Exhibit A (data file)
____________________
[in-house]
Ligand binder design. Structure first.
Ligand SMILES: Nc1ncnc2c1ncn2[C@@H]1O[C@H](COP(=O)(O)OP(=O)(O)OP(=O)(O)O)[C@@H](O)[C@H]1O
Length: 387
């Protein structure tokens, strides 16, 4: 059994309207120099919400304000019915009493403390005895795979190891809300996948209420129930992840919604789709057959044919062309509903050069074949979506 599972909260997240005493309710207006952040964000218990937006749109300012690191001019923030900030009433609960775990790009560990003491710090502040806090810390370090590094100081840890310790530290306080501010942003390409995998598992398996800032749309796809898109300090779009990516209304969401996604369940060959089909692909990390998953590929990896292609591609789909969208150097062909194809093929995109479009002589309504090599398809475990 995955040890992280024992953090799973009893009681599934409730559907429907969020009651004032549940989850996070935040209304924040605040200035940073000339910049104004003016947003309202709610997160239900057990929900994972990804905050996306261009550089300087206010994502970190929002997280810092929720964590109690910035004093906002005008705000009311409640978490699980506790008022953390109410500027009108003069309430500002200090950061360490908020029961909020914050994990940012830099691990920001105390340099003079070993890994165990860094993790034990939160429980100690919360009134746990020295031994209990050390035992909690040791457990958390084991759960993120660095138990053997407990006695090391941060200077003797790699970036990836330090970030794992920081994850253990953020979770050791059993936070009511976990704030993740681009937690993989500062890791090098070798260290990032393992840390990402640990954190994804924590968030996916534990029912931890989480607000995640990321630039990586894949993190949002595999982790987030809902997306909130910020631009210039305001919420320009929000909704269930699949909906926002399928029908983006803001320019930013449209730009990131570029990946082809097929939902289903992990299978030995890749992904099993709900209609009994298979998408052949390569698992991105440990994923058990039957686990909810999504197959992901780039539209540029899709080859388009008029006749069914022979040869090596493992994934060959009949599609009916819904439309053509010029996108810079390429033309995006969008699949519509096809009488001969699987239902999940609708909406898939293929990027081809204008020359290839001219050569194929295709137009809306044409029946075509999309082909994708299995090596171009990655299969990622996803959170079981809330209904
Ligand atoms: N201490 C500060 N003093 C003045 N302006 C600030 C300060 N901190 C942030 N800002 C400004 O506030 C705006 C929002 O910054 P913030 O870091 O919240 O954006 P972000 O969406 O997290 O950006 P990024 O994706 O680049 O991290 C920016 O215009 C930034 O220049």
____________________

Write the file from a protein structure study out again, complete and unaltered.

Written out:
[in-house]
Ligand binder design. Structure first.
Ligand SMILES: Nc1ncnc2c1ncn2[C@@H]1O[C@H](COP(=O)(O)OP(=O)(O)OP(=O)(O)O)[C@@H](O)[C@H]1O
Length: 387
């Protein structure tokens, strides 16, 4: 059994309207120099919400304000019915009493403390005895795979190891809300996948209420129930992840919604789709057959044919062309509903050069074949979506 599972909260997240005493309710207006952040964000218990937006749109300012690191001019923030900030009433609960775990790009560990003491710090502040806090810390370090590094100081840890310790530290306080501010942003390409995998598992398996800032749309796809898109300090779009990516209304969401996604369940060959089909692909990390998953590929990896292609591609789909969208150097062909194809093929995109479009002589309504090599398809475990 995955040890992280024992953090799973009893009681599934409730559907429907969020009651004032549940989850996070935040209304924040605040200035940073000339910049104004003016947003309202709610997160239900057990929900994972990804905050996306261009550089300087206010994502970190929002997280810092929720964590109690910035004093906002005008705000009311409640978490699980506790008022953390109410500027009108003069309430500002200090950061360490908020029961909020914050994990940012830099691990920001105390340099003079070993890994165990860094993790034990939160429980100690919360009134746990020295031994209990050390035992909690040791457990958390084991759960993120660095138990053997407990006695090391941060200077003797790699970036990836330090970030794992920081994850253990953020979770050791059993936070009511976990704030993740681009937690993989500062890791090098070798260290990032393992840390990402640990954190994804924590968030996916534990029912931890989480607000995640990321630039990586894949993190949002595999982790987030809902997306909130910020631009210039305001919420320009929000909704269930699949909906926002399928029908983006803001320019930013449209730009990131570029990946082809097929939902289903992990299978030995890749992904099993709900209609009994298979998408052949390569698992991105440990994923058990039957686990909810999504197959992901780039539209540029899709080859388009008029006749069914022979040869090596493992994934060959009949599609009916819904439309053509010029996108810079390429033309995006969008699949519509096809009488001969699987239902999940609708909406898939293929990027081809204008020359290839001219050569194929295709137009809306044409029946075509999309082909994708299995090596171009990655299969990622996803959170079981809330209904
Ligand atoms: N201490 C500060 N003093 C003045 N302006 C600030 C300060 N901190 C942030 N800002 C400004 O506030 C705006 C929002 O910054 P913030 O870091 O919240 O954006 P972000 O969406 O997290 O950006 P990024 O994706 O680049 O991290 C920016 O215009 C930034 O220049």